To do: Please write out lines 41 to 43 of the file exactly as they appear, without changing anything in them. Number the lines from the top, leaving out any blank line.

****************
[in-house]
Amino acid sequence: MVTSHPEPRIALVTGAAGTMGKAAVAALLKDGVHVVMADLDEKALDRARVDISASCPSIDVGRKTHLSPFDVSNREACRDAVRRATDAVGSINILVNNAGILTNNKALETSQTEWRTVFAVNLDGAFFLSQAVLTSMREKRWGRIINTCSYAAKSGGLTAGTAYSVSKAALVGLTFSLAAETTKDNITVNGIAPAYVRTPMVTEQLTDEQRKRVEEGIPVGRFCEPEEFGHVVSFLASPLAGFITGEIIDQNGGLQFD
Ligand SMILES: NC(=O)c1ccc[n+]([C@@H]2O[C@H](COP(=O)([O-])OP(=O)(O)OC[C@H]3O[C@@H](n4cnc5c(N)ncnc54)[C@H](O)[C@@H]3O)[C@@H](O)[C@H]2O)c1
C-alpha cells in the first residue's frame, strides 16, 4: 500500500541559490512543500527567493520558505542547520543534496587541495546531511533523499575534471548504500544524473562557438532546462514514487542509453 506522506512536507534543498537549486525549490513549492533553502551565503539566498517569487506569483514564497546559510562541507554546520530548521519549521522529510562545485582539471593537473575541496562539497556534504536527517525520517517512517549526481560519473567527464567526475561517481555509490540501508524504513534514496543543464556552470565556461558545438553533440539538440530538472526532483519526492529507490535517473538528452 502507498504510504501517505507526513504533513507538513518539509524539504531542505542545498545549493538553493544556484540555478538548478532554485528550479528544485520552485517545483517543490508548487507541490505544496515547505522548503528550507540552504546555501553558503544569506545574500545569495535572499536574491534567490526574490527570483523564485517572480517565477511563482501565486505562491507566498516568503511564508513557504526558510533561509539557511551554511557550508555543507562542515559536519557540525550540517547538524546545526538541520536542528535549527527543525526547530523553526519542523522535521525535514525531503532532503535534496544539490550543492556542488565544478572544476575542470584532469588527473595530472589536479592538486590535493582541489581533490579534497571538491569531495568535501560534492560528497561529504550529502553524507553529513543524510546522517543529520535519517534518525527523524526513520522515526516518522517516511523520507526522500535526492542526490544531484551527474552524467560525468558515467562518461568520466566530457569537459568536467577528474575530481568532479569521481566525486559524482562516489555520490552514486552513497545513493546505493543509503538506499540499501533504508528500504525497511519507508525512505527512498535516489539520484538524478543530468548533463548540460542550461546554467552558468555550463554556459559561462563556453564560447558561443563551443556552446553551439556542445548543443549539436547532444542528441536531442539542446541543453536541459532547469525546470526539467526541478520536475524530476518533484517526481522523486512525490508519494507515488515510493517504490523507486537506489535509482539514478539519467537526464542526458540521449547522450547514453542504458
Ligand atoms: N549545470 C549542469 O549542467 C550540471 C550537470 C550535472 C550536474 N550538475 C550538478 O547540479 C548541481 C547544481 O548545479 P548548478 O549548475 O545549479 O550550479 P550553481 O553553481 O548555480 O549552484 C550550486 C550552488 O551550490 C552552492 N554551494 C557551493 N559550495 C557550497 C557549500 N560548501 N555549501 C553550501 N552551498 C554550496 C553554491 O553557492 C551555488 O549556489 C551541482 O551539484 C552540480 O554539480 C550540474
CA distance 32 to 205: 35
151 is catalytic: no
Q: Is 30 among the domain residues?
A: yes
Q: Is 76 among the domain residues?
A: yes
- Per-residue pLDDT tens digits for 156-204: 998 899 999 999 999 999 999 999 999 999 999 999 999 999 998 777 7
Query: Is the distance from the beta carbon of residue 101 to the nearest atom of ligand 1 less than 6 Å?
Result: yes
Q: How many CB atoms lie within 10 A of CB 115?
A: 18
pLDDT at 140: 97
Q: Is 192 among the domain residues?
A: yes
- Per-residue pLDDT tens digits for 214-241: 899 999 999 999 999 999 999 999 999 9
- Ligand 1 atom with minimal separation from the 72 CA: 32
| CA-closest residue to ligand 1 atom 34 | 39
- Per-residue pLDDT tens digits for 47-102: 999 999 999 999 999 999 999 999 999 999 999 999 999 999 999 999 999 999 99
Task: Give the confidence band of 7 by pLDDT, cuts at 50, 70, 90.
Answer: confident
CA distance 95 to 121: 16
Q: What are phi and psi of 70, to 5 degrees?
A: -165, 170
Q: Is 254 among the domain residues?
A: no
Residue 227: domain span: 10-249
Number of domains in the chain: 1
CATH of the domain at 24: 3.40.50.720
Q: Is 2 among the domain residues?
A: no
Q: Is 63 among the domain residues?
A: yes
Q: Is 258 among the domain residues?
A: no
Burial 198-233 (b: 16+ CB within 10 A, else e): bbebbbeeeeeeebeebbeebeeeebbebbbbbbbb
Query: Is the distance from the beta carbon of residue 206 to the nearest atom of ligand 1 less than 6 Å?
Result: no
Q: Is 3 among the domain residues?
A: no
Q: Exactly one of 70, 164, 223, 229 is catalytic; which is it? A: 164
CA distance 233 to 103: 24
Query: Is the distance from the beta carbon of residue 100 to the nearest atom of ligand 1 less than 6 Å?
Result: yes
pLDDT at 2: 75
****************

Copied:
Query: Is the distance from the beta carbon of residue 206 to the nearest atom of ligand 1 less than 6 Å?
Result: no
Q: Is 3 among the domain residues?